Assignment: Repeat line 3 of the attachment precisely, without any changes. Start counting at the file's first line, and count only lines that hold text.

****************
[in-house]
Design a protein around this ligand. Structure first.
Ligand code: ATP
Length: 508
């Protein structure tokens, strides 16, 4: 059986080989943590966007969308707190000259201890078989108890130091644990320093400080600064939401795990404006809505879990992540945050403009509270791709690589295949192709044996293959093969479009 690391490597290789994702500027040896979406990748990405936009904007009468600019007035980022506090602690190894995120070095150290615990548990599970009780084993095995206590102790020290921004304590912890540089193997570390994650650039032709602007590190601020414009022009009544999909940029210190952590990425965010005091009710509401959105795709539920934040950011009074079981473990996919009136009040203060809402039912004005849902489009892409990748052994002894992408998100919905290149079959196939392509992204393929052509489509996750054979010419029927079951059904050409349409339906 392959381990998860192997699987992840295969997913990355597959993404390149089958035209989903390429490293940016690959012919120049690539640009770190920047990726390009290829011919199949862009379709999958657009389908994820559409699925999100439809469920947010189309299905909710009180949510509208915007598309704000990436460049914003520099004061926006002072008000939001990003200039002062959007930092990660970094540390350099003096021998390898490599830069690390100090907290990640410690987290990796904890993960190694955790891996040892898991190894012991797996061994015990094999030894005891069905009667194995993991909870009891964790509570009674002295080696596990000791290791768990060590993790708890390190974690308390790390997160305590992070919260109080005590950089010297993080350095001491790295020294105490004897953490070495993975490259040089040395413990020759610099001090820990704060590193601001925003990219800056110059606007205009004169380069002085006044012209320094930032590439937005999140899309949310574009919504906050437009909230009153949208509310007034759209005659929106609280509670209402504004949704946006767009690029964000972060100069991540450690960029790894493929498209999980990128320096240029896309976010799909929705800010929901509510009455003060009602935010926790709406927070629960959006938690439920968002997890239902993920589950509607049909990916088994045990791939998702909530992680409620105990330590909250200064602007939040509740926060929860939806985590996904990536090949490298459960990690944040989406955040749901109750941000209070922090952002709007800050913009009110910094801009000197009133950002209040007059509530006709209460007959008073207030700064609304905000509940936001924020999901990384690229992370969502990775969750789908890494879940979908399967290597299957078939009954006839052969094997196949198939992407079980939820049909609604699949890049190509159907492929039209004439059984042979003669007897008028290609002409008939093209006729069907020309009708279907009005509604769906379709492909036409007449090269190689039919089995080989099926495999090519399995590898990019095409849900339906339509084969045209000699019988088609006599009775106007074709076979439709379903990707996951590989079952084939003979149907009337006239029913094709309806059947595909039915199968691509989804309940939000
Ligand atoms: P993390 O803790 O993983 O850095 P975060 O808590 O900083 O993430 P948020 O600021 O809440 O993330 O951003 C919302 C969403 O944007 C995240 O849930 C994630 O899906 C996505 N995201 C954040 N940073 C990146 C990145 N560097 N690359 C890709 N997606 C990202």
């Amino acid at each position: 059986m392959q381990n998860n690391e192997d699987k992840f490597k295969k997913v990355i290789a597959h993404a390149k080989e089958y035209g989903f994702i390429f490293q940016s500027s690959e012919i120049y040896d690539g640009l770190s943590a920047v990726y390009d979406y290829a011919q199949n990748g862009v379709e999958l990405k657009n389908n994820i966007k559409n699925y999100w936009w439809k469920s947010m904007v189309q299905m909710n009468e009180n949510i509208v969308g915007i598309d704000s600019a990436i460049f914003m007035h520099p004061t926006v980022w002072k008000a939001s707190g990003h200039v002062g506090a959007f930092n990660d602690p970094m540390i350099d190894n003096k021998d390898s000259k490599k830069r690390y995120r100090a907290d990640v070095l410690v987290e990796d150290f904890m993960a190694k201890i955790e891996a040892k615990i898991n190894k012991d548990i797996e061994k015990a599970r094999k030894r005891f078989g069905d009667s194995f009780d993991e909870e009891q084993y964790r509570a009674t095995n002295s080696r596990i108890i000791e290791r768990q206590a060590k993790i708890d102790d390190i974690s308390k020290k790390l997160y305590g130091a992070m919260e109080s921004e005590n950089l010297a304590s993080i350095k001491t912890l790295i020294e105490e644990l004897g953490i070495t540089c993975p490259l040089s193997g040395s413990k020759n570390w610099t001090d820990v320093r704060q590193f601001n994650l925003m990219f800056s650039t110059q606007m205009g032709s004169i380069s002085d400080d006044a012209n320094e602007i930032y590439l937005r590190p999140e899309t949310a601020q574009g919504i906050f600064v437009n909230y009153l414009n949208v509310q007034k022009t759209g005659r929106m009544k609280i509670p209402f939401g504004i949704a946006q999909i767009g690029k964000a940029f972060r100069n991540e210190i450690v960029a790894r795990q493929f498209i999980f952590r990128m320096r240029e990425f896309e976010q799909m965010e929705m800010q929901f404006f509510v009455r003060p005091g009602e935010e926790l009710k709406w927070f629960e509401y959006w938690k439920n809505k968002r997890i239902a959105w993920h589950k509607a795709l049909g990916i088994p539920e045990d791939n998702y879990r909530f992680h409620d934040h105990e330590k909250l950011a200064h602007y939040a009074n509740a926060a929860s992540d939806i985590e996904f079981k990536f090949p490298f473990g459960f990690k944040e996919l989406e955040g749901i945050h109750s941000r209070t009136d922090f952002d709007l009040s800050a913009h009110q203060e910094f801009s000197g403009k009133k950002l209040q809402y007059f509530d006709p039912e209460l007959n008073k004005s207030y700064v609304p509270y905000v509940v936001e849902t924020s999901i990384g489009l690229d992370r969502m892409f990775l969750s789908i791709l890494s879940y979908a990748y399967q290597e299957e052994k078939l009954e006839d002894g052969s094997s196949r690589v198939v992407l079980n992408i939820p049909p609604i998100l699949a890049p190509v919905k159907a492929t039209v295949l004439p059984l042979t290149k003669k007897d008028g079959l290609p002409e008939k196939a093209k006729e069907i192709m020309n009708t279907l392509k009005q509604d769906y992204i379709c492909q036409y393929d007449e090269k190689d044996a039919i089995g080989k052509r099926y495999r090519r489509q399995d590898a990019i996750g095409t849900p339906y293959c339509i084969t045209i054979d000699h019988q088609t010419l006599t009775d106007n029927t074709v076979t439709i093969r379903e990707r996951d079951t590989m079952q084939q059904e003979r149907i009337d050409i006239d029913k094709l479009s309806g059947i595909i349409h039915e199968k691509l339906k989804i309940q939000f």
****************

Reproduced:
Ligand code: ATP